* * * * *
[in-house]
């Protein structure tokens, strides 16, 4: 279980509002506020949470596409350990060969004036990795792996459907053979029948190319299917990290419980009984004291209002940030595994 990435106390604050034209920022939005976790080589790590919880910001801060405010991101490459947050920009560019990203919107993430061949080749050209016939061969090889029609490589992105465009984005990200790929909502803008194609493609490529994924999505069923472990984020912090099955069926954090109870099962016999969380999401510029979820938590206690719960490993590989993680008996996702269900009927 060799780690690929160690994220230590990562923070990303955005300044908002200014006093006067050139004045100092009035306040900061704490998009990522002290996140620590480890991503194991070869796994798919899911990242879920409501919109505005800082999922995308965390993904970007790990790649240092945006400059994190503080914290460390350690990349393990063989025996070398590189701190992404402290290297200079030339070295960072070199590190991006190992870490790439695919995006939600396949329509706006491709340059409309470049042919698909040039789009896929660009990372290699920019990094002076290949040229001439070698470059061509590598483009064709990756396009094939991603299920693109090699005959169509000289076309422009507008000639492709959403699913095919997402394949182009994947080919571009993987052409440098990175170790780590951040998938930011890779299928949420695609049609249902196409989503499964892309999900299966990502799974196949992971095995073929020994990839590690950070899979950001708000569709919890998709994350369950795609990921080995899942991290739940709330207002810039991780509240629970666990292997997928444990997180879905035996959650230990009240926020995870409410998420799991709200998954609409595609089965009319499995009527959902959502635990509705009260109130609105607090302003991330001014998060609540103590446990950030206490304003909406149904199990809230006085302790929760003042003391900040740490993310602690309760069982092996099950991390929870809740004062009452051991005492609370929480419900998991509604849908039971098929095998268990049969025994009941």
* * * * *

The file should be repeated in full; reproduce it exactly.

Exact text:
[in-house]
């Protein structure tokens, strides 16, 4: 279980509002506020949470596409350990060969004036990795792996459907053979029948190319299917990290419980009984004291209002940030595994 990435106390604050034209920022939005976790080589790590919880910001801060405010991101490459947050920009560019990203919107993430061949080749050209016939061969090889029609490589992105465009984005990200790929909502803008194609493609490529994924999505069923472990984020912090099955069926954090109870099962016999969380999401510029979820938590206690719960490993590989993680008996996702269900009927 060799780690690929160690994220230590990562923070990303955005300044908002200014006093006067050139004045100092009035306040900061704490998009990522002290996140620590480890991503194991070869796994798919899911990242879920409501919109505005800082999922995308965390993904970007790990790649240092945006400059994190503080914290460390350690990349393990063989025996070398590189701190992404402290290297200079030339070295960072070199590190991006190992870490790439695919995006939600396949329509706006491709340059409309470049042919698909040039789009896929660009990372290699920019990094002076290949040229001439070698470059061509590598483009064709990756396009094939991603299920693109090699005959169509000289076309422009507008000639492709959403699913095919997402394949182009994947080919571009993987052409440098990175170790780590951040998938930011890779299928949420695609049609249902196409989503499964892309999900299966990502799974196949992971095995073929020994990839590690950070899979950001708000569709919890998709994350369950795609990921080995899942991290739940709330207002810039991780509240629970666990292997997928444990997180879905035996959650230990009240926020995870409410998420799991709200998954609409595609089965009319499995009527959902959502635990509705009260109130609105607090302003991330001014998060609540103590446990950030206490304003909406149904199990809230006085302790929760003042003391900040740490993310602690309760069982092996099950991390929870809740004062009452051991005492609370929480419900998991509604849908039971098929095998268990049969025994009941």